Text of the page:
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Foregrounding the social in decentralised energy systems: evidence and oversights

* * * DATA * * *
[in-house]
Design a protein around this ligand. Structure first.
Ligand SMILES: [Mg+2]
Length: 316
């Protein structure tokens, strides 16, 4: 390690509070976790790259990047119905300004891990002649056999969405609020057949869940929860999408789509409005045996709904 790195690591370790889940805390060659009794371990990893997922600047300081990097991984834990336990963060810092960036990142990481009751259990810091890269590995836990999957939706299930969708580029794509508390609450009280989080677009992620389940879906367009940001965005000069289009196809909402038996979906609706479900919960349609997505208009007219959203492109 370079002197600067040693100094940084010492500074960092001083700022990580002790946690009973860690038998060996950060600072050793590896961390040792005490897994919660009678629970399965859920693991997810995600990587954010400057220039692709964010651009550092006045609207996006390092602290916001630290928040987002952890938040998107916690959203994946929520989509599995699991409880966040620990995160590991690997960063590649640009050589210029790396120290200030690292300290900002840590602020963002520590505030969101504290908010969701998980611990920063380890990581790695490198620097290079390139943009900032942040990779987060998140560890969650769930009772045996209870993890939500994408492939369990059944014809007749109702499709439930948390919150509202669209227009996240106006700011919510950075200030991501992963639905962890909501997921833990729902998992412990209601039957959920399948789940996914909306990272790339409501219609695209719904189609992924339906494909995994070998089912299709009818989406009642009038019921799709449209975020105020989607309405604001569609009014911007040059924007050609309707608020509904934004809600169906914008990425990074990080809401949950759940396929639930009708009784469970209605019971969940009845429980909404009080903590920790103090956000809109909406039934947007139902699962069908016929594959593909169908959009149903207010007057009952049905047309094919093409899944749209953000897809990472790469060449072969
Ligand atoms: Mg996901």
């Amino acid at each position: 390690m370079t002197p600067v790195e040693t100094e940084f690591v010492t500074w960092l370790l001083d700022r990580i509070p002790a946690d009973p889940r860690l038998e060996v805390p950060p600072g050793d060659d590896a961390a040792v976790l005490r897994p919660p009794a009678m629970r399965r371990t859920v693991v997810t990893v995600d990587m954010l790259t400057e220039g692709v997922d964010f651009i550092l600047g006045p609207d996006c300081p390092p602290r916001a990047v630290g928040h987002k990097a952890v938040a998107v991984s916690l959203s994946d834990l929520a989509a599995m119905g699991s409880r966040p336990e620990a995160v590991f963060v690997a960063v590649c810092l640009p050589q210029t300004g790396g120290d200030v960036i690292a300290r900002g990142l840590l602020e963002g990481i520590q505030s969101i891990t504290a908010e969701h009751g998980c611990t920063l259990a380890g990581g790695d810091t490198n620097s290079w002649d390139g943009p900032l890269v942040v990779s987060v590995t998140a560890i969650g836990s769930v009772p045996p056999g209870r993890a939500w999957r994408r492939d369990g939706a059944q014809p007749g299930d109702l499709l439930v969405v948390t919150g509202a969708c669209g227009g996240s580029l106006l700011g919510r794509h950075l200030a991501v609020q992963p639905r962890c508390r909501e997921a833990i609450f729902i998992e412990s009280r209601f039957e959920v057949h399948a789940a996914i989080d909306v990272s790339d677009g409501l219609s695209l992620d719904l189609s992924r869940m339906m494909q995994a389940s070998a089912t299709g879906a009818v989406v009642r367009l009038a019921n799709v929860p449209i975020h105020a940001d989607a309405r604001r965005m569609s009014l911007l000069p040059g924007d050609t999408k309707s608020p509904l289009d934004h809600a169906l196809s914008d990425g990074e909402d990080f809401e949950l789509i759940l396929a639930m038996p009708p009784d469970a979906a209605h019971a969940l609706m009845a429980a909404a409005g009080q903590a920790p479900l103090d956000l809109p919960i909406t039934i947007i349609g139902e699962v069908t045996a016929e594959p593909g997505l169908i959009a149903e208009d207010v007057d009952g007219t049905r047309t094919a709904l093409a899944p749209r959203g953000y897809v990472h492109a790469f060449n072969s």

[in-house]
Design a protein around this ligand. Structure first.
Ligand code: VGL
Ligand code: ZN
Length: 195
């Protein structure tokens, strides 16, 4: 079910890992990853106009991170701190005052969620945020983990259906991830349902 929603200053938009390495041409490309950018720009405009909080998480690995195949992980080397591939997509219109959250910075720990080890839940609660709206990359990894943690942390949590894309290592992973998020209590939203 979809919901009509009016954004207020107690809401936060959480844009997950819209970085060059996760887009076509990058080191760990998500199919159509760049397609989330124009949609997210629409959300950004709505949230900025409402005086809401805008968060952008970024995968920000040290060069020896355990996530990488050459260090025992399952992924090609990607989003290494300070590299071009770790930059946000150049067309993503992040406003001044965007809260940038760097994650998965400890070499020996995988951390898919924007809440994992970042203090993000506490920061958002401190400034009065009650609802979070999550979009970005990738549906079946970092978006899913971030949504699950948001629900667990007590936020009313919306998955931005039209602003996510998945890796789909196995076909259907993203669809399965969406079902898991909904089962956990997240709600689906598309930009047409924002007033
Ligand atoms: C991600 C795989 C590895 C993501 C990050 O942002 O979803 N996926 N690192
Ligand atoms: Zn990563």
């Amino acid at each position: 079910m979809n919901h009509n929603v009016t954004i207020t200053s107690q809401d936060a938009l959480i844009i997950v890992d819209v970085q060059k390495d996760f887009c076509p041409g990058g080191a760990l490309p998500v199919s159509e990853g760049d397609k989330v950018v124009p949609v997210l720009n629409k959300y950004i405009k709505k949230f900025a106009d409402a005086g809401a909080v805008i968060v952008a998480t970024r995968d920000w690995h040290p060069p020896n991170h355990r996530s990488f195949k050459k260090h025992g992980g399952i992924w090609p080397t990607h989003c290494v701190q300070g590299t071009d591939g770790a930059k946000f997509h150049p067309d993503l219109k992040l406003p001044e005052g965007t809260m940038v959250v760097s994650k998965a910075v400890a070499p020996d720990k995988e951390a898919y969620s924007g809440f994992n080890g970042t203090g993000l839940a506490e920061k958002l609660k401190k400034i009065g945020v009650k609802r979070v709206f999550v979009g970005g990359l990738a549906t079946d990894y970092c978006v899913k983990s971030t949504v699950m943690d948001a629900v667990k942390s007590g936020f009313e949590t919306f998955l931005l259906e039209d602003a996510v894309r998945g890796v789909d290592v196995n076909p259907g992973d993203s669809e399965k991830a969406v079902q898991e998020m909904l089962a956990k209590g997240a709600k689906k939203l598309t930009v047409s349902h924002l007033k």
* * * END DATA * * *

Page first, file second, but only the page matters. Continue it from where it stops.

The role of the ‘local’ in the transition to low carbon energy systems is increasingly being recognised. Mini/ micro-grids, peer-to-peer trading via blockchain, community owned renewable energy systems energy, for example, promise the ability to match local low carbon supply to local demand. The expectation is that these decentralised solutions avoid large infrastructure sized for peaks or offer modern energy access to communities for whom the promise of centralised state infrastructure is unfeasible. Hopes and expectations for these new energy configurations are often centred on the technology, and their potential to disrupt embedded highly resource-intense or polluting ways of living. However, the implementation of these technologies depend on context specific configurations of state, market and civil society actors. Through pilot projects, research has demonstrated the role of the social in getting technologies into local areas and making them provide the energy services needed by the local people. This body of literature often constrains the social into established and unchallenging roles. People are expected to embrace new technologies as ‘prosumers’, correctly responding to market signals, or passively adapt as end-users upgrading systems. There is less understanding of the more fundamental roles people can play in putting low carbon technologies to work and creating new forms of micro/mini energy systems. In this project we will bring together the evidence on the role of the social in actually existing cases of new energy configurations and identify the gaps in understanding. This means identifying how social structures (e.g. peer-to-peer trading, sharing economies, reciprocity) support the operation of energy technologies (e.g. RES micro-grids). It also means looking at where the social is poorly conceived or overlooked inorder to understand the impact for the adoption and performance of these types of energy technologies. We will carry out a rapid review to identify and analyse such socio-technical configurations. We will look at global evidence to include what is happening in developed and developing country cases and consider the very different forms of state, market, civil society and technical infrastructure in each case. We will structure our analysis to answer: • What is the role of the technology, the state, market and consumer as described in the evidence? • How is agency distributed through decentralised energy systems and where does social power lie? • How do these understandings and expectations of social agency impact the implementation and future roll-out of the identified technologies /micro /mini girds? • What risks are there in not effectively taking into account the human dimensions?
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